Milman Parry Collection of Oral Literature

A unique repository of Balkan oral traditions.
Nikola Vujnović, pension "Viktorija," Dubrovnik. Photo by Milman Parry, between 1933 and 1935. View Details.
Milman Parry Collection of Oral Literature

This digital collection will be temporarily inaccessible as of September 14, 2018, while the collection website is being improved. Please check back for future updates.


In the early 1930s, Milman Parry, a professor of Classics at Harvard, sought to test his theories regarding the composition of the Homeric poems by observing living traditions of oral poetry in then-Yugoslavia.

The songs he collected, on phonograph discs and in notebooks, form the core of the Milman Parry Collection of Oral Literature.

In addition to being one of the world’s most comprehensive archives of South Slavic oral traditions, the Parry Collection also contains uniquely important subsidiary collections documenting numerous other Balkan oral traditions. These include:

  • the collection of Albanian epics gathered by Albert Lord in the mountains of northern Albania in the fall of 1937;
  • Lord’s own collection of South Slavic materials made in 1950 and 1951, including some recordings of singers Lord had met in the company of Parry in the 1930s;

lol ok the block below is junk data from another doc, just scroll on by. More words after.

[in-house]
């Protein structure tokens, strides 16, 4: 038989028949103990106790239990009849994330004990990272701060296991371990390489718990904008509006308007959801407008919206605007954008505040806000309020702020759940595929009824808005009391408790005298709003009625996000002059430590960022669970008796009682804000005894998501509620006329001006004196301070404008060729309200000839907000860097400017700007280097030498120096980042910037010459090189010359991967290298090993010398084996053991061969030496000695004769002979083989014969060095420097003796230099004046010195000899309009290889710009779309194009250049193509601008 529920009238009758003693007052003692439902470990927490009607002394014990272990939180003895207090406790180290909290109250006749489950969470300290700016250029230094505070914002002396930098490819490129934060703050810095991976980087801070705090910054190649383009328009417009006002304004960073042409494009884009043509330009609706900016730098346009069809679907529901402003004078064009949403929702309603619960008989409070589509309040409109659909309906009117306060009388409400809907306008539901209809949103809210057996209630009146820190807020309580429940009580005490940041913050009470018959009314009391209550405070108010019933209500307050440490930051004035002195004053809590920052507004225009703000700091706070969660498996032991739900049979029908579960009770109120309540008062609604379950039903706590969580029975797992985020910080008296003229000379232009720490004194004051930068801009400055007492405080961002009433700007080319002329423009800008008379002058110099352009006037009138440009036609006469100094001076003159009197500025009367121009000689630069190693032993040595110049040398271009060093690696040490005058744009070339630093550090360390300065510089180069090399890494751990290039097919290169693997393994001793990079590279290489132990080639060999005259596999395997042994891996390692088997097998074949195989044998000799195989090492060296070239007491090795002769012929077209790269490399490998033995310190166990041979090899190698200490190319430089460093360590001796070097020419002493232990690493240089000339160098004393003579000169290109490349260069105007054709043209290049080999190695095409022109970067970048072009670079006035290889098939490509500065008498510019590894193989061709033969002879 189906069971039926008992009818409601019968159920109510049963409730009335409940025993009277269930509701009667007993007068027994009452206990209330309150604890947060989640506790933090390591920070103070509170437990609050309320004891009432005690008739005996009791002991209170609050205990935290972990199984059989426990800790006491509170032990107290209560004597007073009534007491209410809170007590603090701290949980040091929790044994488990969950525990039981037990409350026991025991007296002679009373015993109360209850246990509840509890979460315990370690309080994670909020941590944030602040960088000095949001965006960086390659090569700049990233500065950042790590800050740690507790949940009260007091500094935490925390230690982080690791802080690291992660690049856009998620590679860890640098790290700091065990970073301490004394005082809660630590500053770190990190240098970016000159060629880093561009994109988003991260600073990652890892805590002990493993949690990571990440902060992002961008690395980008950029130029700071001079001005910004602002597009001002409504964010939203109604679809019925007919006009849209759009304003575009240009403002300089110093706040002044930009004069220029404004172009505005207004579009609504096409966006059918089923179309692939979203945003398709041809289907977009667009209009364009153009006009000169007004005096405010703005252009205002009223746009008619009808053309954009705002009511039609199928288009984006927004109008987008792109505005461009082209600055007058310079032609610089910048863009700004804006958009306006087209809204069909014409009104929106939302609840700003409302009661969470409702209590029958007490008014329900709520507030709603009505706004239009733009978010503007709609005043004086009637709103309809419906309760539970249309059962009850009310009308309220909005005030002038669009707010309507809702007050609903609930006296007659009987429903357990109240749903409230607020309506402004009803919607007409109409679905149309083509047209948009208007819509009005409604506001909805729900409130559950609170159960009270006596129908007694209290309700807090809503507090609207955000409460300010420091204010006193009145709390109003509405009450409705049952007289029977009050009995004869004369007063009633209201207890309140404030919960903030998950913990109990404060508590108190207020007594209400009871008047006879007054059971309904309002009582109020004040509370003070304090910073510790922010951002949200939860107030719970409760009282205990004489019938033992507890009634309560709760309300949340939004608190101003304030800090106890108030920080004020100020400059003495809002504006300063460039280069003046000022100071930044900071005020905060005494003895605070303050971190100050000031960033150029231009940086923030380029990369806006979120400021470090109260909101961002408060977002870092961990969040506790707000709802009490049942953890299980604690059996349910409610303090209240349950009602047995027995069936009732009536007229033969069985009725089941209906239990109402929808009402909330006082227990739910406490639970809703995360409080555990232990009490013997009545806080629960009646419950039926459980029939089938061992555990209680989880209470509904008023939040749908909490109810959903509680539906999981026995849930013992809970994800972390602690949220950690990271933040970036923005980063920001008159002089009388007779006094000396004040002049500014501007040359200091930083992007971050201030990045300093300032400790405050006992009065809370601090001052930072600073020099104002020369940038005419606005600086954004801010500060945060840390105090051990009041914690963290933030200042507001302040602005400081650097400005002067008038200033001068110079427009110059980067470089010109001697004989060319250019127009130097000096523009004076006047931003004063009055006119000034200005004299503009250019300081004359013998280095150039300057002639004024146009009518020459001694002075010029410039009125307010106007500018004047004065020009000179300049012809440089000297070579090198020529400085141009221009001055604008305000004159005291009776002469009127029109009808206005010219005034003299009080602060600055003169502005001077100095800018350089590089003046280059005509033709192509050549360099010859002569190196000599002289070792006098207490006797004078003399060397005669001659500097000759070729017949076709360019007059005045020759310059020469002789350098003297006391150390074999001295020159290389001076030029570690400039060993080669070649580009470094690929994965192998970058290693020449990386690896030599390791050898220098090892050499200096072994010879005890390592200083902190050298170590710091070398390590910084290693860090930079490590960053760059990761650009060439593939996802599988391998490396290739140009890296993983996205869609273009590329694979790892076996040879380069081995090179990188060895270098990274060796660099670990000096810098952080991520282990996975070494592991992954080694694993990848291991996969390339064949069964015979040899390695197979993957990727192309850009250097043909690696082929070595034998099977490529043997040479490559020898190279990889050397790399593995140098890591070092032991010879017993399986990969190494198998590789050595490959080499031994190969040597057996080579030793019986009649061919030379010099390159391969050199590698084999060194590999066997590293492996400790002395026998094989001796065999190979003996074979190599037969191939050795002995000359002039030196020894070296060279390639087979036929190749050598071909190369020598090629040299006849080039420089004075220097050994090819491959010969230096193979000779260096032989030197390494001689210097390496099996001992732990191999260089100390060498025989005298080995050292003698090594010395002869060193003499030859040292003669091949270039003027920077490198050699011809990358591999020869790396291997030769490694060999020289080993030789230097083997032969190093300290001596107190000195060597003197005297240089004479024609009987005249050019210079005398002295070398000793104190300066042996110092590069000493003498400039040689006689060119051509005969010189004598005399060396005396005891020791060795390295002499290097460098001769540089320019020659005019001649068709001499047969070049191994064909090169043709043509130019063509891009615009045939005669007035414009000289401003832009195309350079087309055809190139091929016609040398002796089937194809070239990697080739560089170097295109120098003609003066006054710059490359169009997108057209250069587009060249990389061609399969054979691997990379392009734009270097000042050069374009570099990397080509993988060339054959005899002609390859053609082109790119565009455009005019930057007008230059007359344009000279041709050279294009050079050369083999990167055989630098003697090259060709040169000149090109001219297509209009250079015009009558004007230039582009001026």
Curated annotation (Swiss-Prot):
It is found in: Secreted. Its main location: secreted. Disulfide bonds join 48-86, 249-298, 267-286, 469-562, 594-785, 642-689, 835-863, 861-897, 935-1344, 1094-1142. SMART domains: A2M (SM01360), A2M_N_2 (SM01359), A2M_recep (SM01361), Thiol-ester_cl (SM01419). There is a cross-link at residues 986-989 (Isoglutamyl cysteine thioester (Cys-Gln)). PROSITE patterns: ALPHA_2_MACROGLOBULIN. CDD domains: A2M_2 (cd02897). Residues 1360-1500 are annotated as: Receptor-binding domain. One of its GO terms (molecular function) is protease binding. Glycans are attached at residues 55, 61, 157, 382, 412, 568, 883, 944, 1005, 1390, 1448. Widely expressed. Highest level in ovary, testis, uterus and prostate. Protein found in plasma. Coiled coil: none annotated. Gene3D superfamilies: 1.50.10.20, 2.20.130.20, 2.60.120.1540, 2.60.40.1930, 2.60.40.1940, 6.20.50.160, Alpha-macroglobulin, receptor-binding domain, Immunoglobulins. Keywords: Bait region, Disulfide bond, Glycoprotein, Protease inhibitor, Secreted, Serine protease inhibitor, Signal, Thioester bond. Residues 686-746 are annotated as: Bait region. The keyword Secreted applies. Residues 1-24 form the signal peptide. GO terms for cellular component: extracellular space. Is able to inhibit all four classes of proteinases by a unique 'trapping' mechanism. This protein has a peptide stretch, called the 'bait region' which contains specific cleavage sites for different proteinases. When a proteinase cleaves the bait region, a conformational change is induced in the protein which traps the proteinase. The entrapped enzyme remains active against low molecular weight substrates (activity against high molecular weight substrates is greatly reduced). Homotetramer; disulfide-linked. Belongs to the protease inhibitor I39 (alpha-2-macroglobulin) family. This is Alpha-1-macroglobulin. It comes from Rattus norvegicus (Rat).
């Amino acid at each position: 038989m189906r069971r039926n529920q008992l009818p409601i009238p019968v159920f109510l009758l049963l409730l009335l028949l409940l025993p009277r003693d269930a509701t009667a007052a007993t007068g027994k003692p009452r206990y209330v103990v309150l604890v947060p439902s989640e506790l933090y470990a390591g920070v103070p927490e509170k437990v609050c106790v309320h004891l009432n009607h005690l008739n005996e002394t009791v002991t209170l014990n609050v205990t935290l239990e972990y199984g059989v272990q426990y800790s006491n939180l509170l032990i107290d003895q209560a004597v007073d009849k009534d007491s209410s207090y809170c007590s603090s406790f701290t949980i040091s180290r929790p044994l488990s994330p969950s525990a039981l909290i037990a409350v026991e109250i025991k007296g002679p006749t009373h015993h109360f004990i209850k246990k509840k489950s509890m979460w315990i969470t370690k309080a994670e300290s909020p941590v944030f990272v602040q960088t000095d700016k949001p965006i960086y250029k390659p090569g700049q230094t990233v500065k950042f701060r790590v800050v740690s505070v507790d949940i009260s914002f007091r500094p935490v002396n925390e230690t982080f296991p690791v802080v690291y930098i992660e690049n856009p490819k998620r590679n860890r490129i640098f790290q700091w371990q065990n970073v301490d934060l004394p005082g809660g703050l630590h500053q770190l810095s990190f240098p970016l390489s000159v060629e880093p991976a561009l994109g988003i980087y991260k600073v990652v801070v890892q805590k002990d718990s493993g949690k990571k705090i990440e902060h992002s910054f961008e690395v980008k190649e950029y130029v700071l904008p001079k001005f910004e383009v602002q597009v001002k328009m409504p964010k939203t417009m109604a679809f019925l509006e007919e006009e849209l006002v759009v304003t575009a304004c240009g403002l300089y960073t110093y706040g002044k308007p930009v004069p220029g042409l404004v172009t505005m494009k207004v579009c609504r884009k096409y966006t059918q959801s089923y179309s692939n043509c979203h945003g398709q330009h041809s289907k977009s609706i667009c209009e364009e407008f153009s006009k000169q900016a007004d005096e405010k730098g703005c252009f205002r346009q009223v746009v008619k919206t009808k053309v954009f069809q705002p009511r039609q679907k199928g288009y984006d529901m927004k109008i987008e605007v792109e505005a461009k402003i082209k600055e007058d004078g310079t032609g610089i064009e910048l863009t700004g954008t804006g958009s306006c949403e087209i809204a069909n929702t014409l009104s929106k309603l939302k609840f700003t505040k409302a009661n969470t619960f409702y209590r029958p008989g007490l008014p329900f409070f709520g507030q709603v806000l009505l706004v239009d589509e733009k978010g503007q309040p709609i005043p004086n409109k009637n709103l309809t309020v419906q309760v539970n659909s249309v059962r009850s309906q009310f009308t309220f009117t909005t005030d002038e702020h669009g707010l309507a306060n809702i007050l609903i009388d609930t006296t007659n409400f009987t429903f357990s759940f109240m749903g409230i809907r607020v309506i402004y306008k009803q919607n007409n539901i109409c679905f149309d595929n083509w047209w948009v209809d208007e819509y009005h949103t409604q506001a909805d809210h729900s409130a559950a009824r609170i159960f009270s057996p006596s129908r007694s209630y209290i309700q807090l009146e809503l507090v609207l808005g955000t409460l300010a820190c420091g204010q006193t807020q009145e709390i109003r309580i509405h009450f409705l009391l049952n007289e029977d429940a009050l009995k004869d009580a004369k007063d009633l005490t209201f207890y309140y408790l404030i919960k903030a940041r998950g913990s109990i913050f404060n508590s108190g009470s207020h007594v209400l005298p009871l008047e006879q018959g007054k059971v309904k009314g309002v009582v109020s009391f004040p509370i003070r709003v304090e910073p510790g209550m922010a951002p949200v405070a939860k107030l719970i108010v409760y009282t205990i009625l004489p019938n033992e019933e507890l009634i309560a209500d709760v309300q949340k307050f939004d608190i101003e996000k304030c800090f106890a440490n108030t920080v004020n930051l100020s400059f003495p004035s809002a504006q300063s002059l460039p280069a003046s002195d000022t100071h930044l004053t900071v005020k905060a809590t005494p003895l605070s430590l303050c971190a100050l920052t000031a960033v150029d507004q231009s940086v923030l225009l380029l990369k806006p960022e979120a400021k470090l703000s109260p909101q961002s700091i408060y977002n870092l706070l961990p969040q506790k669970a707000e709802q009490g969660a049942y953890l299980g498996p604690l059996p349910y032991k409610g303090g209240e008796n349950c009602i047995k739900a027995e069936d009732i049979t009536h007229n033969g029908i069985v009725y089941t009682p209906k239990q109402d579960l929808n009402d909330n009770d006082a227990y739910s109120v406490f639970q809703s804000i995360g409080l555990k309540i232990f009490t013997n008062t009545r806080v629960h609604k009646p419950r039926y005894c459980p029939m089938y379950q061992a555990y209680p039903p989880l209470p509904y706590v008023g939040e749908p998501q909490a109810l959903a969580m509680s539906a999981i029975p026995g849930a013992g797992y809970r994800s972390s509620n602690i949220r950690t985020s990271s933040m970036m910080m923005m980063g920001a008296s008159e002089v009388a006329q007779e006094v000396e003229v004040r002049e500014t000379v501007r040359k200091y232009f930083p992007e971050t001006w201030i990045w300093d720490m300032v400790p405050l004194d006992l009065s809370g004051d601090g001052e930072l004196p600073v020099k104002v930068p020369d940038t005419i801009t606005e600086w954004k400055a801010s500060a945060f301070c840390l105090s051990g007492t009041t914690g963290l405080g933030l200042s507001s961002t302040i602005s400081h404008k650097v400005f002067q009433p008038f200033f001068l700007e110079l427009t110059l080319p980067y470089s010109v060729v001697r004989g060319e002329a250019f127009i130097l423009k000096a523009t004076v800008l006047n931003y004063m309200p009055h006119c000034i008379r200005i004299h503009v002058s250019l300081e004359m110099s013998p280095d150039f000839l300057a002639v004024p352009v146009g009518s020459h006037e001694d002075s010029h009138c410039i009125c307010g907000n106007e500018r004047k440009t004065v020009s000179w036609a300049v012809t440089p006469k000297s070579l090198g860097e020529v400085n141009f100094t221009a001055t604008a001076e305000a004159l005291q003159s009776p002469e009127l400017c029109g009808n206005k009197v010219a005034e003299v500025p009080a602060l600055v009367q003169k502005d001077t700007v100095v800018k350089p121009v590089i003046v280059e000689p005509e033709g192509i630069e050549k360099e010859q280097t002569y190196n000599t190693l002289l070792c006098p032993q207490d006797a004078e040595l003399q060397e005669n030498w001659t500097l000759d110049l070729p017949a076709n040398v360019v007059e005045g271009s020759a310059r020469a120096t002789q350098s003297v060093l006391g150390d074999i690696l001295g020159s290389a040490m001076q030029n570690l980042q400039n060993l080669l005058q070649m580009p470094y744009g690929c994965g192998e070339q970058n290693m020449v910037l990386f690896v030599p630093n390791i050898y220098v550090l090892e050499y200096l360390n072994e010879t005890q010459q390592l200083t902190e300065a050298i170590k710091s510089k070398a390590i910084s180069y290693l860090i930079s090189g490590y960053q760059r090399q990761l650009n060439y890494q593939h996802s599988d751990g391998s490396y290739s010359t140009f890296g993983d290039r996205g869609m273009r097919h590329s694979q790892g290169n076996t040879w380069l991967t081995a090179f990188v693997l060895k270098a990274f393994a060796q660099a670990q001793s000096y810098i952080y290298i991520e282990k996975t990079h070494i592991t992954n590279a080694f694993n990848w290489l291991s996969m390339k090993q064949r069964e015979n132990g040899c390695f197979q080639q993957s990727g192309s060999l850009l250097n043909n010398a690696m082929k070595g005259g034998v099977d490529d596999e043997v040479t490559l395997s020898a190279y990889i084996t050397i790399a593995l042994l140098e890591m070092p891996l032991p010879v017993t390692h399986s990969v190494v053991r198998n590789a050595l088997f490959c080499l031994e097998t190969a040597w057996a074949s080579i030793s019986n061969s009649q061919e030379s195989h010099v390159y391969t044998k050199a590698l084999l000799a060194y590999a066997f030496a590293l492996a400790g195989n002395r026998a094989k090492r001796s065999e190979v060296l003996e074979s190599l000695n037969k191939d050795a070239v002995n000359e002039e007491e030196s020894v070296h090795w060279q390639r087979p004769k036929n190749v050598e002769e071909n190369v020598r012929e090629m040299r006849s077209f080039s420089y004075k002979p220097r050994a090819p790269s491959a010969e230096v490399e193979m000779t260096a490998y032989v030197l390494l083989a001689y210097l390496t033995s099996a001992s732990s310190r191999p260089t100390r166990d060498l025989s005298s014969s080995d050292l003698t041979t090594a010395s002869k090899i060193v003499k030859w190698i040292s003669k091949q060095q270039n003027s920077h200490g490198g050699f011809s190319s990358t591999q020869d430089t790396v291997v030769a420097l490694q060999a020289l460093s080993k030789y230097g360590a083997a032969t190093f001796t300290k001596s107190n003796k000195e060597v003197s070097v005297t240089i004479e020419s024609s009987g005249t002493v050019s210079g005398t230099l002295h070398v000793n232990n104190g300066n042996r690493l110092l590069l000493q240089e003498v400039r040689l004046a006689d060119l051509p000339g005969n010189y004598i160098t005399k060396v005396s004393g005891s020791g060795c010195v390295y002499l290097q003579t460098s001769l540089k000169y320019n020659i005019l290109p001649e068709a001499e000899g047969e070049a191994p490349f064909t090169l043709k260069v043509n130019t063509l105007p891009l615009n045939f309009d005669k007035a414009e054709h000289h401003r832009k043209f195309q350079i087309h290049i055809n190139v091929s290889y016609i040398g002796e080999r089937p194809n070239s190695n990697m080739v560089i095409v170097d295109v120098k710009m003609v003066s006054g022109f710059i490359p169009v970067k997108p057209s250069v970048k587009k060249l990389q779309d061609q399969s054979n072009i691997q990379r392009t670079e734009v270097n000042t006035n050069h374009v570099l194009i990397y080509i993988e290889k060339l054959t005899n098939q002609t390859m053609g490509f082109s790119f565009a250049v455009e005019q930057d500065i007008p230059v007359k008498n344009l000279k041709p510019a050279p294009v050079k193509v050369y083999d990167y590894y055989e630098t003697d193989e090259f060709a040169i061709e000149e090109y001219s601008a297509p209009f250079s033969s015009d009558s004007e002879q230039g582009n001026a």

• the Whitman-Rinvolucri Collection, which contains a variety of materials relating to the Greek tradition of shadow puppet theater as practiced in the 1960s;
  • and the James A. Notopoulos Collection, which includes hundreds of recordings from the 1950s of folk music and narrative poetry from the Greek mainland and the Greek islands.

Accessing These Materials

This digital collection will be temporarily inaccessible as of September 14, 2018, while the collection website is being improved. Please check back for future updates.

Access to the collection, located in Widener Library Room C, is by appointment only.

Qualified scholars who wish to use the collection should contact the curators well in advance of intended visits. Prior notice of several weeks or more will ensure that researchers are able to access the material which will be most useful to them.

Contact

David F. Elmer